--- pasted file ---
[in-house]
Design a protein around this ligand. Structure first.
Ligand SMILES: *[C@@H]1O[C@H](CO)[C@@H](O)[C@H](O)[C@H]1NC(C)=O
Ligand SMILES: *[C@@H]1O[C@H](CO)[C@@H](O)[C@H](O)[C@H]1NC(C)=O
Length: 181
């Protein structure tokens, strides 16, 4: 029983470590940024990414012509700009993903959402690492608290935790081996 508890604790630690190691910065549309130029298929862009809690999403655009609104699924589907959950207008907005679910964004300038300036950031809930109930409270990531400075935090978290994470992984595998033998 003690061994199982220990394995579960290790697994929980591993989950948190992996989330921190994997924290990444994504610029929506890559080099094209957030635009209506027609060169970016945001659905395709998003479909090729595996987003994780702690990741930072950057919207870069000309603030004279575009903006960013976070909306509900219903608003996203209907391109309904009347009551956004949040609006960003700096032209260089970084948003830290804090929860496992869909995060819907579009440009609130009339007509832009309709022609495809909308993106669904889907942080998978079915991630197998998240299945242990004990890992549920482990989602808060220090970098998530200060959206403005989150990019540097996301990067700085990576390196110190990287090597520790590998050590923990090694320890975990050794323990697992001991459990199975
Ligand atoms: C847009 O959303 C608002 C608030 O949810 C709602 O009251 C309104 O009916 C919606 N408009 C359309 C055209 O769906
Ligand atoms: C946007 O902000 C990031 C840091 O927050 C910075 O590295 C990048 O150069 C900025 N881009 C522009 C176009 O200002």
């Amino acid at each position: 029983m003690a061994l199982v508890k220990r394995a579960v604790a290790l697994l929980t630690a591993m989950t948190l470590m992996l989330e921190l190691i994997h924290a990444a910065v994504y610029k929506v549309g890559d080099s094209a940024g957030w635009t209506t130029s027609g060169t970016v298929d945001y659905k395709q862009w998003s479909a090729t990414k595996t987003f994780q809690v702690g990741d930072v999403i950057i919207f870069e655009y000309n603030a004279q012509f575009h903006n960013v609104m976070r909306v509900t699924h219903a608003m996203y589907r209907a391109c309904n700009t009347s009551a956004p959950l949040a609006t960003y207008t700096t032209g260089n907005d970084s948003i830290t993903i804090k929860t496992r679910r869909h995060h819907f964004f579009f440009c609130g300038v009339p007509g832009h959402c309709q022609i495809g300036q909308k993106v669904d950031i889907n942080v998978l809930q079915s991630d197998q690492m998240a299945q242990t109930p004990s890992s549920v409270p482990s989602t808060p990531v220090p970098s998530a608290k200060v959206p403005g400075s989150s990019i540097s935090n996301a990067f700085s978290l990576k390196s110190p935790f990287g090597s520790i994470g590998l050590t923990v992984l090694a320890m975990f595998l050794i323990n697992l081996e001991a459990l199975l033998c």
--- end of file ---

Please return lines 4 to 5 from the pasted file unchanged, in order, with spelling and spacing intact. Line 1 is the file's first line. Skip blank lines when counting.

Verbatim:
Ligand SMILES: *[C@@H]1O[C@H](CO)[C@@H](O)[C@H](O)[C@H]1NC(C)=O
Length: 181